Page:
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Old 11-15-2012, 21:17   #4
blk69stang
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Join Date: Jan 2011
Location: Arizona
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Inverters draw alot of juice. Remember that wattage = amps X volts. So if you are drawing 800w at 12V, that means it will be sucking at least 66.66 amps per 800w inverter at full draw. Plus, you have to figure in that your inverter is not 100% efficient, so it's not unreasonable that it could draw as much as 100 amps at full draw. At this point you are approaching the capacity of your alternator. So for our purposes, let's just say that your alternator will be good for about 100A (will give us a 25A safety cushion for the vehicle's electrical draw-onboard computer, etc).

Now, it IS possible that you could run two 800w inverters at once knowing that you would draw down the battery at the rate of 66amps. So, if you figure that a starting/deep cycle group 24 battery will have only about 90 amp/hours of storage capacity (on the generous side), that means you will draw the battery down to 50% charge (electrically "dead") in about 40 minutes. You would then need to shut down the inverter long enough to charge up the battery again. So assuming again you can put 100A back into the battery, it will take you about 30 mins or better to charge the battery back up (maybe more). So you're looking at 40 mins of on time, followed by 30 mins of off time. That gets you about a 75% duty cycle using both inverters at once. Not bad, but not great either. I'd say you could probably run one 800w inverter constantly and be OK.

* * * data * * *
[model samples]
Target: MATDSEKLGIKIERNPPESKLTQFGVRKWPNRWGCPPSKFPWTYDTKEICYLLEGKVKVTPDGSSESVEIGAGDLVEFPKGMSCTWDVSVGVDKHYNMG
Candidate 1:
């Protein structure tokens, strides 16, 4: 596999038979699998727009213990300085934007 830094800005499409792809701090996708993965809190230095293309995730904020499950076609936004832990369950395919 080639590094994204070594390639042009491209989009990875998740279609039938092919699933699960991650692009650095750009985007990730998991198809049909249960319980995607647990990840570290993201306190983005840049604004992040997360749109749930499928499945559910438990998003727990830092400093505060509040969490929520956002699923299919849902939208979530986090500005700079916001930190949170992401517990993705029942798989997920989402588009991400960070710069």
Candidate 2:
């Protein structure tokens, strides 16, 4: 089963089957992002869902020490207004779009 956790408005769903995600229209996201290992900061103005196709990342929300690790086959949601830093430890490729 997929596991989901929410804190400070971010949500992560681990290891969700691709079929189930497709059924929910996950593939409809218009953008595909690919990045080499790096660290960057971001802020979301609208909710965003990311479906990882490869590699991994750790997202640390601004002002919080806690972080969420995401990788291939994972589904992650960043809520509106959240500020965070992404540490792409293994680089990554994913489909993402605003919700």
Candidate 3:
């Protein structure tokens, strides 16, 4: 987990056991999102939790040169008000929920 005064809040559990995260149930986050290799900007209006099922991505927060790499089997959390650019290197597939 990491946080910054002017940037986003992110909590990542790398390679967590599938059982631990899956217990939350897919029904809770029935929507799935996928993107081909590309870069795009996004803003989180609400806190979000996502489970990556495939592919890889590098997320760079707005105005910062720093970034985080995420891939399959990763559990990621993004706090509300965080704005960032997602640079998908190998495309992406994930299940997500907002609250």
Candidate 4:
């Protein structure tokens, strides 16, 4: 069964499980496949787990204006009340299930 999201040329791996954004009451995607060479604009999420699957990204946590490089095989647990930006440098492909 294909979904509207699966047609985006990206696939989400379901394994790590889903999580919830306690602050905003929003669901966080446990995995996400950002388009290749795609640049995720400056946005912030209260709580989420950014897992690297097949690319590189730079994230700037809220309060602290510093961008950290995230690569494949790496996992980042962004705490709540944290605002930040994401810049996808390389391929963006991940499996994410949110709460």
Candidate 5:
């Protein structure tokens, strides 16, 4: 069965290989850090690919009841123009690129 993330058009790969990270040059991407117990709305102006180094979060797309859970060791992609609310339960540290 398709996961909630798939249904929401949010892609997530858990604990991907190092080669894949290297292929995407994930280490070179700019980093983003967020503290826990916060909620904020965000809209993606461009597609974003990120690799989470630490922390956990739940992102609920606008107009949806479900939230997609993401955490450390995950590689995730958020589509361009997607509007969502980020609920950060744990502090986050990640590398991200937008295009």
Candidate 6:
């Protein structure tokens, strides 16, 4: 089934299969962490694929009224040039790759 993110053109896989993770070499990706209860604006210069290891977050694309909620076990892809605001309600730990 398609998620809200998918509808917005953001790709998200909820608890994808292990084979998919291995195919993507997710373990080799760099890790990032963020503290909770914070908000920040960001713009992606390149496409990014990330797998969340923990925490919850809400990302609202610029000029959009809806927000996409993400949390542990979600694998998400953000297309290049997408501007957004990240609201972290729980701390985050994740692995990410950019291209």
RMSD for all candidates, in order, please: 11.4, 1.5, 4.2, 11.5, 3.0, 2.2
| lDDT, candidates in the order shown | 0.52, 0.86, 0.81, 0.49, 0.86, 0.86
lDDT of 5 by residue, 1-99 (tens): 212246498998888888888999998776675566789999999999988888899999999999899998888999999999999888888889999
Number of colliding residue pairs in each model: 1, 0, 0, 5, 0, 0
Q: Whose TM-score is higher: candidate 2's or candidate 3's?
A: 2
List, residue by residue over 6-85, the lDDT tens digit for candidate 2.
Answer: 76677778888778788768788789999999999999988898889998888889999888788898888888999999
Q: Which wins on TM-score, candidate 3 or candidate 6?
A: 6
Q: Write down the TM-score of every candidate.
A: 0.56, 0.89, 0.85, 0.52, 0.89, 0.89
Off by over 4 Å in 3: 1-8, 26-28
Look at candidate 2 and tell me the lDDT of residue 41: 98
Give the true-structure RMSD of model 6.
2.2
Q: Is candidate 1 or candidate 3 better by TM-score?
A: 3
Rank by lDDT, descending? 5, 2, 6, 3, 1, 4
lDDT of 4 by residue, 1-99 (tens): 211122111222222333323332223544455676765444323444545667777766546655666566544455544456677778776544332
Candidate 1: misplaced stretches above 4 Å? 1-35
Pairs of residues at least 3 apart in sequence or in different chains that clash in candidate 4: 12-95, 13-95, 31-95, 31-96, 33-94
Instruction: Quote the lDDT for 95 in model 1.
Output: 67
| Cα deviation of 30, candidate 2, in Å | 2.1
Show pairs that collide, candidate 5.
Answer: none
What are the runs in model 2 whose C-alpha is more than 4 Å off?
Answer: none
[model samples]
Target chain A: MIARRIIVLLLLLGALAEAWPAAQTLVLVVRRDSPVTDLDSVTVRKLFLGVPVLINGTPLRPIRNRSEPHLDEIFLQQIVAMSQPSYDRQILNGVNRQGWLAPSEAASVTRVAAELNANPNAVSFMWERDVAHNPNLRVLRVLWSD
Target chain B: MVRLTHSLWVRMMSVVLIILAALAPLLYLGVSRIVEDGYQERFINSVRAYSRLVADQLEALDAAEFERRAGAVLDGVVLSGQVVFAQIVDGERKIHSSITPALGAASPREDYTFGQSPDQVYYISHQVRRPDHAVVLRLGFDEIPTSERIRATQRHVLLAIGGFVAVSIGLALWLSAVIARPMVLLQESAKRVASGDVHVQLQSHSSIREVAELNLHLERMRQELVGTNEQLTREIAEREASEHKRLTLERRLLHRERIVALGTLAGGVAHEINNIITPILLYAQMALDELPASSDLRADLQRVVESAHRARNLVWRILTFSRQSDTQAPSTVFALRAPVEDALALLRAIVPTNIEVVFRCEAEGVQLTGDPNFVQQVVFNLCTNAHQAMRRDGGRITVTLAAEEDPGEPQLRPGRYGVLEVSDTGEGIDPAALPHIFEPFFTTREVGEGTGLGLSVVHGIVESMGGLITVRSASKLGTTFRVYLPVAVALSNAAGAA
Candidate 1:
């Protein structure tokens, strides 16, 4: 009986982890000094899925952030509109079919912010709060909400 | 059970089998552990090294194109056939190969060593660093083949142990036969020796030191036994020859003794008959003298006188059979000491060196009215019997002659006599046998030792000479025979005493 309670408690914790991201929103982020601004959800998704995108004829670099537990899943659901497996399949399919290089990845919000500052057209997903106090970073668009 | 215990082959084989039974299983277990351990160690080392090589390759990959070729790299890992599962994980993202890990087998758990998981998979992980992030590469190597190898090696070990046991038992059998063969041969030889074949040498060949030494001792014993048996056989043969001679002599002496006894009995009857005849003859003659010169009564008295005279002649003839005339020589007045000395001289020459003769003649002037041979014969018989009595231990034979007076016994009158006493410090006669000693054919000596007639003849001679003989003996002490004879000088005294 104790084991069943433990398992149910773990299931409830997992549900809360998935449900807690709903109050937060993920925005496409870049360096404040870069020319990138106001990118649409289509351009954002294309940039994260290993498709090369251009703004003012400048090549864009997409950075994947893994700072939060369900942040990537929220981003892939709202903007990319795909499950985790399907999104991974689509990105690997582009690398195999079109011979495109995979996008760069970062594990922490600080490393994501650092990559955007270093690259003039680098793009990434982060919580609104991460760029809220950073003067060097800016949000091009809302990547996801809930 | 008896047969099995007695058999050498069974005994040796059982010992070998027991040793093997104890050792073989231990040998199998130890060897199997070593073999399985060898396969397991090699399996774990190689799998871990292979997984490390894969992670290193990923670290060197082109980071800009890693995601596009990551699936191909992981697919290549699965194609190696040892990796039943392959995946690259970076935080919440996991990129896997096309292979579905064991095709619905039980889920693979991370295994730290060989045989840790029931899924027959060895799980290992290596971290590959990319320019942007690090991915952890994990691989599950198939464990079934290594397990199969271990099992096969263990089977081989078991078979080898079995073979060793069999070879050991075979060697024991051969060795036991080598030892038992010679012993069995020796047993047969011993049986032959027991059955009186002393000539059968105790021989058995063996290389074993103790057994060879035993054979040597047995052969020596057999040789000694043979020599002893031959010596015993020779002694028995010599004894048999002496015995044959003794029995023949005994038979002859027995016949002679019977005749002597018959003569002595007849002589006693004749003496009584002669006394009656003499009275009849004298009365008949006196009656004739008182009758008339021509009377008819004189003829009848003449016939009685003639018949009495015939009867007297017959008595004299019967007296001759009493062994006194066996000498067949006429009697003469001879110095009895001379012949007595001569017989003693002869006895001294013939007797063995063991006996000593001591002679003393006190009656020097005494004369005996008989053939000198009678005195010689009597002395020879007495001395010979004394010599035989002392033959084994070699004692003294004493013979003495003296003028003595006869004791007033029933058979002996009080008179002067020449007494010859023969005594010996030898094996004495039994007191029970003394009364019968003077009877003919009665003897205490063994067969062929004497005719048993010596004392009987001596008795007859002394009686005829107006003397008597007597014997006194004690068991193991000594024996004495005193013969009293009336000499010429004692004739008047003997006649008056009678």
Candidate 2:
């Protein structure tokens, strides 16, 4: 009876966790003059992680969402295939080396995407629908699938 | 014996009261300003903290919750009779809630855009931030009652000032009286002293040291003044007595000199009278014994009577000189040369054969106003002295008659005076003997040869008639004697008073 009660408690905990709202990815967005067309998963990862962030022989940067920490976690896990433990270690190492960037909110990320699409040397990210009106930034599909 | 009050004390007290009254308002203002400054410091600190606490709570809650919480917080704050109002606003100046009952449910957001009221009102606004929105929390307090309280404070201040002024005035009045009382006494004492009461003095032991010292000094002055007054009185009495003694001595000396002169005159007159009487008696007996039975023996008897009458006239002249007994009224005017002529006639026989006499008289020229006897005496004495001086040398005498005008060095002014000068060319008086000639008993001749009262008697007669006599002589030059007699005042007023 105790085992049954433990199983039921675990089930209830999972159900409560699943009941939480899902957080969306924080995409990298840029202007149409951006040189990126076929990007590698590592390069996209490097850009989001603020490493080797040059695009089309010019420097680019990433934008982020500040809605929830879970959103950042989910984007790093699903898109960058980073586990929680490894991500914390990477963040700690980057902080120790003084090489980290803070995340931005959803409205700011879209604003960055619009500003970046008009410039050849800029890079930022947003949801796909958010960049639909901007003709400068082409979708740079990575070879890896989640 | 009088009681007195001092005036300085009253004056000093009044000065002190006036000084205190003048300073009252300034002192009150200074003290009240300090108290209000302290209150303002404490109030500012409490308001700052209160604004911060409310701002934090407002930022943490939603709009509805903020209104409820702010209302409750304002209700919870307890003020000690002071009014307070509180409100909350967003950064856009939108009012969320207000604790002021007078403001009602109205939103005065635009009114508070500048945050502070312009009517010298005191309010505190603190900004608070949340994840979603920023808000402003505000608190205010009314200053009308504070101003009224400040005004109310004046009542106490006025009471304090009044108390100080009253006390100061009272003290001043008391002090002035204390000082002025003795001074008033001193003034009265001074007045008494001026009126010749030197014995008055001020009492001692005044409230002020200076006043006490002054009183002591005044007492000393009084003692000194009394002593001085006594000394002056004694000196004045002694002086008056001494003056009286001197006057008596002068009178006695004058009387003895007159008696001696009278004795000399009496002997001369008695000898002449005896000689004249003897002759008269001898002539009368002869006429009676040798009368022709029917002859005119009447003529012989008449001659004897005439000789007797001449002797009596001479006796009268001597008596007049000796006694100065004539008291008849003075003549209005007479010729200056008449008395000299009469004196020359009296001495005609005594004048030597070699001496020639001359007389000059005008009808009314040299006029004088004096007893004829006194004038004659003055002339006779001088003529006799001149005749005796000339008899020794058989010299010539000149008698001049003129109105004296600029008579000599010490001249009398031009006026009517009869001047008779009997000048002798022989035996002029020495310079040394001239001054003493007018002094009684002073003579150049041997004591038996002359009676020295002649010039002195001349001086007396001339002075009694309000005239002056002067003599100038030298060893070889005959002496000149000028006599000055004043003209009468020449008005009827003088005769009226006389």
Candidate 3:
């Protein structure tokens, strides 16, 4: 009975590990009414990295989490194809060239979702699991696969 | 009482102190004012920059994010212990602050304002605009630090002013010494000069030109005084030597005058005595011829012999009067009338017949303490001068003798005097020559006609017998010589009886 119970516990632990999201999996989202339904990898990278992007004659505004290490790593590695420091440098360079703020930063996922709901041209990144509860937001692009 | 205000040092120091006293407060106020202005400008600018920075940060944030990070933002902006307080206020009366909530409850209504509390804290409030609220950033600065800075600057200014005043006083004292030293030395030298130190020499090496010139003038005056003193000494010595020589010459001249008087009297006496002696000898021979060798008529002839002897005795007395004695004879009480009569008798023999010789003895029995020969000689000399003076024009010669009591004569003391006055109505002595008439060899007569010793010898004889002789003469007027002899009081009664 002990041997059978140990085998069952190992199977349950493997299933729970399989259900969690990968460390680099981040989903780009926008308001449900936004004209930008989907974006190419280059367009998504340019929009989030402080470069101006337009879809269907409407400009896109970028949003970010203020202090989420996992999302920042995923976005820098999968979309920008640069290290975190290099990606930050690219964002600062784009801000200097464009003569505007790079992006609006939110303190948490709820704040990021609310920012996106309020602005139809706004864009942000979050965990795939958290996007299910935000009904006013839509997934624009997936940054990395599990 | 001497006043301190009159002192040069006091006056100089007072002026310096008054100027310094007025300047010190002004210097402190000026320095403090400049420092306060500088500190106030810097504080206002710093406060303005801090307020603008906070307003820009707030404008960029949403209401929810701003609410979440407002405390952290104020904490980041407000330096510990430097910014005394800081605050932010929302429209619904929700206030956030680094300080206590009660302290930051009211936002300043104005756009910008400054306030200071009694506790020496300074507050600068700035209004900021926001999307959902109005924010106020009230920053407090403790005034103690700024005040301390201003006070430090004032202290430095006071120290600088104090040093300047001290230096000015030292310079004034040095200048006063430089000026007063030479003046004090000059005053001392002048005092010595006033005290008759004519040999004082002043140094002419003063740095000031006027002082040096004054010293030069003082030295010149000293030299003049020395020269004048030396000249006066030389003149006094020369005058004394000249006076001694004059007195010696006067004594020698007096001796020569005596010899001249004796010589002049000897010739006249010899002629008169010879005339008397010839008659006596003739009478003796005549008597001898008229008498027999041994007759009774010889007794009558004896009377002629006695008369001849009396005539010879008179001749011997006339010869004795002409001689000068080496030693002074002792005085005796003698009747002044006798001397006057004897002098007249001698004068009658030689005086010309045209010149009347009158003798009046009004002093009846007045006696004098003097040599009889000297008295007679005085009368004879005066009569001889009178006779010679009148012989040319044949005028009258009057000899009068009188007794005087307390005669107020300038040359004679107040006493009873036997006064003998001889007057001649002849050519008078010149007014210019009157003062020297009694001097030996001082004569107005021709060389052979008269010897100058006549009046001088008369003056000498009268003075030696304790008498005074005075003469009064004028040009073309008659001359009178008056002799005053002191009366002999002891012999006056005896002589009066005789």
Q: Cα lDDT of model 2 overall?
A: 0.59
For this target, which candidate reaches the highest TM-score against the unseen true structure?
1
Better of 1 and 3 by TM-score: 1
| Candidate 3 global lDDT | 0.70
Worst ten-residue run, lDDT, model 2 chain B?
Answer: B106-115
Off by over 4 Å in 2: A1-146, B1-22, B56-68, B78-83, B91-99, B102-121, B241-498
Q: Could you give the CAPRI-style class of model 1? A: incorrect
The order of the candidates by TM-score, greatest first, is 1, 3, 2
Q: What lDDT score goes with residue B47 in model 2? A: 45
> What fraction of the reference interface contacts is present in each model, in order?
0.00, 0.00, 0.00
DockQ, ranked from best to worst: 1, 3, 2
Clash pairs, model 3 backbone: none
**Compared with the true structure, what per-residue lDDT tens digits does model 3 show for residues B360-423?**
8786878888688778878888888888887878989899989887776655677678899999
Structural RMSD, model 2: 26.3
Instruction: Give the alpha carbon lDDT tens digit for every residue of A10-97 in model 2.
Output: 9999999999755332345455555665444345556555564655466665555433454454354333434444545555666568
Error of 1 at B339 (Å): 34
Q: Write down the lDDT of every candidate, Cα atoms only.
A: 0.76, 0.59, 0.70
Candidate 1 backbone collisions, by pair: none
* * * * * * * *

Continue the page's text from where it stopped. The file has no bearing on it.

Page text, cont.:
Above it was mentioned about the phase of the inverters, and having them fight each other. This is partly true:

The input (the "draw") for the inverters from your 12v system is DC - direct current. Two inverters can connect to the same 12v source no problem - the current does not alternate, it flows the same direction all the time, so there is no "phase" difference to worry about.

The output (the 120v side) IS alternating current - 120v, 60hz. You CANNOT plug the outputs from both inverters into the same circuit, but you can run the inverters individually. In other words, if you fab up a way to plug both inverters into the breaker box on your home, you ARE going to have problems and probably blow up the inverters. However, you CAN run an extension cord from inverter #1 to your TV, and another SEPARATE extension cord from inverter #2 to your satellite reciever, and you will be good to go. But if you somehow gang both inverters together into the same power strip (or other circuit), bad things happen. Think of it like one proton pack with two "guns" attached. It's OK to run both guns off one proton pack, but DON'T CROSS THE STREAMS!

Clear as mud?
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